NEW YORK, N.Y. -- The stunning stock rally of 2013 continued its torrid pace Wednesday with both the Standard & Poor's 500 index and Dow Jones industrials hitting fresh all-time highs after the Federal Reserve surprised investors and said it will continue its market-friendly bond-buying program.
In a statement following a two-day policy meeting, the Fed said it would continue to buy $85 billion per-month in long-term U.S. Treasuries and mortgage-backed bonds to "help make broader financial conditions more accommodative" to promote a stronger economic recovery. The market was expecting the Fed to start reducing its asset purchases by roughly $10 billion to $15 billion per month.
The move by the Fed caught Wall Street off guard, says Erik Davidson, deputy chief investment officer at Wells Fargo Private Bank. "No taper was not priced in," says Davidson. "The market got a head fake." The thought of a longer period of "free money" resulted in the bullish market reaction, he adds.
Virtually every asset class moved higher on the news. Both the S&P 500 and Dow Jones industrial average, which were down prior to the Fed statement, hit record highs after the announcement. The tech-filled Nasdaq rose to a fresh 13-year high.
The surprise decision also caused a major bond market rally, causing the yield on the 10-year Treasury note to dip to 2.76%, down from 2.85% Tuesday. Gold also soared, rising more than $35 per ounce, or nearly 3%, to around $1,345 per ounce. Oil shot up too, with a barrel of crude jumping more than $2 per barrel to nearly $108 a barrel.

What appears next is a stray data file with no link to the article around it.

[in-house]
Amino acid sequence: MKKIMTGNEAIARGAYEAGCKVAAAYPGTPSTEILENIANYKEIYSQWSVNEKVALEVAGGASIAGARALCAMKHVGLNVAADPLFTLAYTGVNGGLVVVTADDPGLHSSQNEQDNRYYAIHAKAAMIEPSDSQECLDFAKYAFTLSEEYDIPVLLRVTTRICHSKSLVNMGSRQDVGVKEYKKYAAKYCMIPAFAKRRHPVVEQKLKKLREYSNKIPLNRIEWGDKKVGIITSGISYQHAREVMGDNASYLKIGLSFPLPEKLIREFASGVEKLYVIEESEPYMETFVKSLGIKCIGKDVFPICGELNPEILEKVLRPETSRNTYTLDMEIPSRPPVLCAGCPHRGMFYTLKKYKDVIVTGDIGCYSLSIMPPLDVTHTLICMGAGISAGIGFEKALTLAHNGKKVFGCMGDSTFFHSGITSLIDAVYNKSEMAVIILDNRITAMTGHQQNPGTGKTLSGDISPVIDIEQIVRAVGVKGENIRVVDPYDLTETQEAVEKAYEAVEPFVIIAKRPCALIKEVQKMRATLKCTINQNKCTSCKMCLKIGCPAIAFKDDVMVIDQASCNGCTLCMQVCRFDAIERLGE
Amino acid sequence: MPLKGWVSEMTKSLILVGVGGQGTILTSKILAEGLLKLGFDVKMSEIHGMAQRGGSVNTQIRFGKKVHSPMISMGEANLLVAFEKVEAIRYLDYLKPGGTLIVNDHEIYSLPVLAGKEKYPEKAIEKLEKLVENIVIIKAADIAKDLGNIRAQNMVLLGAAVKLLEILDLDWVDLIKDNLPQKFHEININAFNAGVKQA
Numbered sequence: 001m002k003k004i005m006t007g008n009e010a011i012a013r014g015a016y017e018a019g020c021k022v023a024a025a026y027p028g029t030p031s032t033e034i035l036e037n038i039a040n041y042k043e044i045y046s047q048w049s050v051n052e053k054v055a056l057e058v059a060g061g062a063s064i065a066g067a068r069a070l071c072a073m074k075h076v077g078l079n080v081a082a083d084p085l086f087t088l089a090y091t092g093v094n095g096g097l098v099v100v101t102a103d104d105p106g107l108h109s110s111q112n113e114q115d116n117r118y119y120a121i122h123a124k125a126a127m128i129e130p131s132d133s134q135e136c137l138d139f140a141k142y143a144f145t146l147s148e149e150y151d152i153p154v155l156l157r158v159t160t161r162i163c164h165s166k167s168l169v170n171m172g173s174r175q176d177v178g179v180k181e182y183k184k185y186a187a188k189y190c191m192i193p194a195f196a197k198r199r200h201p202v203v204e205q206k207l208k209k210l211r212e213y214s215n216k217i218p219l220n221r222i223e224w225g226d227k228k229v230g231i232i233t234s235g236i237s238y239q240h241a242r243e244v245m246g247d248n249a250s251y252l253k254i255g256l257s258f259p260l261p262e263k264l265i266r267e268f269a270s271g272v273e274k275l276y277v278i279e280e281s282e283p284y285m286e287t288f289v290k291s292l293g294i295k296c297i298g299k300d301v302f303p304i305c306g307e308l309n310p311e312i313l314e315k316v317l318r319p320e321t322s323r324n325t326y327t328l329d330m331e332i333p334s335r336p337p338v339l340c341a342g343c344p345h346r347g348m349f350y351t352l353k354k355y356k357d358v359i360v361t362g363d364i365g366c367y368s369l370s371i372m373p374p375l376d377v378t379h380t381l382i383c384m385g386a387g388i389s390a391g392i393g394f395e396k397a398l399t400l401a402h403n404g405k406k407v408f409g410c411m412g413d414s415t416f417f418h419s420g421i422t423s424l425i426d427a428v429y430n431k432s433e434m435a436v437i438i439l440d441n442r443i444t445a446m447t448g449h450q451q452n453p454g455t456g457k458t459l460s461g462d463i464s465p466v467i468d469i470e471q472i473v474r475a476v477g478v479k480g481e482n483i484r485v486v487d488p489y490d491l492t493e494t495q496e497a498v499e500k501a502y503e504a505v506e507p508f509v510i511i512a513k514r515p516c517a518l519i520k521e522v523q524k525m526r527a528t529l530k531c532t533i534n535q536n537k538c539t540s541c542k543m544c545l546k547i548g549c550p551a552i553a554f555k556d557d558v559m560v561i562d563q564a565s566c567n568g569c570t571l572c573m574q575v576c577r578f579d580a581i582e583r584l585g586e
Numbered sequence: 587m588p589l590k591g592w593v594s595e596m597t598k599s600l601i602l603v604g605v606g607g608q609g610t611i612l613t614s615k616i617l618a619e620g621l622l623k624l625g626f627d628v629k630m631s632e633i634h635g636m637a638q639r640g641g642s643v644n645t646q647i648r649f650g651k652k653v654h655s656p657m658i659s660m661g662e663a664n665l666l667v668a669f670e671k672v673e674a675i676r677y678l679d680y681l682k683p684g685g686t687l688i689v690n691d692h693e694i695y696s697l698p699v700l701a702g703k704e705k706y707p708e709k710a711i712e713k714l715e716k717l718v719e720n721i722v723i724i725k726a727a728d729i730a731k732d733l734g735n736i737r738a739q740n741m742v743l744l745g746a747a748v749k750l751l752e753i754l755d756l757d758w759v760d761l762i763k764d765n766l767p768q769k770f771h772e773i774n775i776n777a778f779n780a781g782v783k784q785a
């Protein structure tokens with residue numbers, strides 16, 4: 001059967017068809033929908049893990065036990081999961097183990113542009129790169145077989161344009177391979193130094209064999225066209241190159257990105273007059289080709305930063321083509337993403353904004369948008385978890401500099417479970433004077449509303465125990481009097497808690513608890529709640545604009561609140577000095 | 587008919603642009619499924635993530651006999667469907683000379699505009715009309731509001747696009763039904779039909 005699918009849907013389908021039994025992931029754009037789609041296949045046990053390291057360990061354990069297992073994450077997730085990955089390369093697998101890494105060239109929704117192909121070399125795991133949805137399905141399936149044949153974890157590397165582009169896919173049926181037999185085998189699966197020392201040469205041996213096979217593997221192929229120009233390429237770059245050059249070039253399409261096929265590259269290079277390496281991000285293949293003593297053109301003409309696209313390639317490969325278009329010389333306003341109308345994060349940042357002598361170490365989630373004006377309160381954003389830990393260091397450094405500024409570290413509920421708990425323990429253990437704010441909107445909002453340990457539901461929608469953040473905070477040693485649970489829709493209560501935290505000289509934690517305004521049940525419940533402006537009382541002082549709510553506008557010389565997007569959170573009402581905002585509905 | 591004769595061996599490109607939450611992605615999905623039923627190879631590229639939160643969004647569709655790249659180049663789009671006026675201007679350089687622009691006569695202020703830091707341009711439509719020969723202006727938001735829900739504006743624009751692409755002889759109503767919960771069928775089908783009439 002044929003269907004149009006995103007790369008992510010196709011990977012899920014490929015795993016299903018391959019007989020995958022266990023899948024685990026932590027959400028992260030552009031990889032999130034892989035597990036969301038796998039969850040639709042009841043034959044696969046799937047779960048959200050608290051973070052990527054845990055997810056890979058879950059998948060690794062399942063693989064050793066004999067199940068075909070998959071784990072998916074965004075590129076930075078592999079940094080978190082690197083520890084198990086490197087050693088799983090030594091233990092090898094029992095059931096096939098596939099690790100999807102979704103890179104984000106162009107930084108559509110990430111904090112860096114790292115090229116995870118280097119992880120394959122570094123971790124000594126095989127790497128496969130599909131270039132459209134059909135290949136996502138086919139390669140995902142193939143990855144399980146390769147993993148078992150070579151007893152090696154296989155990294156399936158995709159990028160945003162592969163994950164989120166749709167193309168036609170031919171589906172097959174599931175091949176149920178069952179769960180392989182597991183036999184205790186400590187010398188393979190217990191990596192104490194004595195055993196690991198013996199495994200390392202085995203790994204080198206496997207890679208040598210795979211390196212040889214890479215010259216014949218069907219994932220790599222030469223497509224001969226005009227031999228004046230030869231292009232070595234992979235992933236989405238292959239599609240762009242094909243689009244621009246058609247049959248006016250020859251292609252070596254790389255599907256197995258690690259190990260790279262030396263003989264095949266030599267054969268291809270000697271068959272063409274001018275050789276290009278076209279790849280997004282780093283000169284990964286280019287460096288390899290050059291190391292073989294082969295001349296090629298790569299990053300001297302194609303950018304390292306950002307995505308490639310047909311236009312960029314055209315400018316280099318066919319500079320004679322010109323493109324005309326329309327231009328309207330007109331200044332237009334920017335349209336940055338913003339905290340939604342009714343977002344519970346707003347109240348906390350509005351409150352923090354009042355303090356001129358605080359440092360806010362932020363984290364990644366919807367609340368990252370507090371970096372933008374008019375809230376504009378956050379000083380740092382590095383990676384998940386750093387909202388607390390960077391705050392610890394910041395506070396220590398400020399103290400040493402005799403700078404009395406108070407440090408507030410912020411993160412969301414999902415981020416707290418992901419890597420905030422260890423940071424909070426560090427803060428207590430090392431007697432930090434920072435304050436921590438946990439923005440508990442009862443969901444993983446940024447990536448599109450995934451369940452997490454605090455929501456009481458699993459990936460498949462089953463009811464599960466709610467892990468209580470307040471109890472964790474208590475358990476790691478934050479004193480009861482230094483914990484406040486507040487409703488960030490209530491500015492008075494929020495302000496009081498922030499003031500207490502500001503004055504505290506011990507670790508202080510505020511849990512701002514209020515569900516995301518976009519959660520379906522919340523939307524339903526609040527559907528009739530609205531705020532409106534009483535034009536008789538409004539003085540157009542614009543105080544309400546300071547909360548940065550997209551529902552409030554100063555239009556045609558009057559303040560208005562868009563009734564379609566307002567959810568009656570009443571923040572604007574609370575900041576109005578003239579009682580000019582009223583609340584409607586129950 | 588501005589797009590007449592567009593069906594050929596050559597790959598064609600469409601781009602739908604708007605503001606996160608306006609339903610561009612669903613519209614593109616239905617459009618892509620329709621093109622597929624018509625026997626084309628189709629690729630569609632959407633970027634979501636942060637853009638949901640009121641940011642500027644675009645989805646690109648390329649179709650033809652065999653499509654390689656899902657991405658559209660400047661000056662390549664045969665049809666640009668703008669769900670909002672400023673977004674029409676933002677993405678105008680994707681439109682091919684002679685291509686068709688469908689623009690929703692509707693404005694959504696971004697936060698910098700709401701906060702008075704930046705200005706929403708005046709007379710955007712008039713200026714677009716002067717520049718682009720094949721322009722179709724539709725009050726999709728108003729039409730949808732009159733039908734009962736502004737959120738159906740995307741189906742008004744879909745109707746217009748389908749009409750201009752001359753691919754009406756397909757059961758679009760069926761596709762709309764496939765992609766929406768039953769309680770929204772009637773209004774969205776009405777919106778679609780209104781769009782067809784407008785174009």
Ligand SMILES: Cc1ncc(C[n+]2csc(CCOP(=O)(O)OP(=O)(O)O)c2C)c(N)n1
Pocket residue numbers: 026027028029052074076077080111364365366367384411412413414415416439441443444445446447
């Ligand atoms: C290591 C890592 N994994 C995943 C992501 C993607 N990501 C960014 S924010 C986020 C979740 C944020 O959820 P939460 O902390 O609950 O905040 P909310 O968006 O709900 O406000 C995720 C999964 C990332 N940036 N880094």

The S&P 500, a broad measure of the U.S. stock market, climbed above its record Aug. 2 closing high of 1,709.67. Heading into today's session, the large-company stock index was up 19.5% for the year and up almost 153% from its March 9, 2009, bear-market low.
Stocks have been climbing higher in recent weeks amid better economic data, fading fears of a imminent attack on Syria as well as investors coming to grips with the idea that the Fed will soon start to "taper" its $85 billion in monthly asset purchases. The Fed's so-called quantitative easing policy, or QE, which is designed to push borrowing costs down to boost economic growth, has been in place for more than four years and has been credited for fueling a boom in the stock market.
Wall Street was expecting the Fed to start dialing back on its asset purchases after the meeting but at a conservative pace, with initial cutbacks no more than $15 billion expected.
Markets were also reacting to the Fed's updated projections for economic growth and unemployment, which will offer clues as to when the central bank will start to officially tighten policy and hike short-term interest rates, which are currently targeted around 0%.
Wall Street was also expecting the Fed to adjust its "thresholds" related to its zero interest rate policy. The Fed, however, reiterated that it would not start to raise short-term rates until the unemployment rate, currently at 7.3%, drops to at least 6.5%.
How the stock market reacts to tapering in the days and weeks ahead will be instructive.
The past two market corrections, or drops of 10% or more, which occurred in 2011 and 2010 occurred after the Fed ended its first two rounds of bond buying. The market also suffered two so-called "taper tantrums" in June and August, when the S&P 500 fell 5.8% and 4.6%, respectively, after the Fed hinted strongly that it was getting ready to start dialing back on its current round of asset purchases.
On Tuesday, the Russell 2000, an index of small-company stocks, also hit a fresh record high, while the Nasdaq composite climbed to a fresh 13-year high. Heading into Wednesday's trading session the Dow Jones industrial average was just 129 points shy of its May 2 record high of 15,658.36.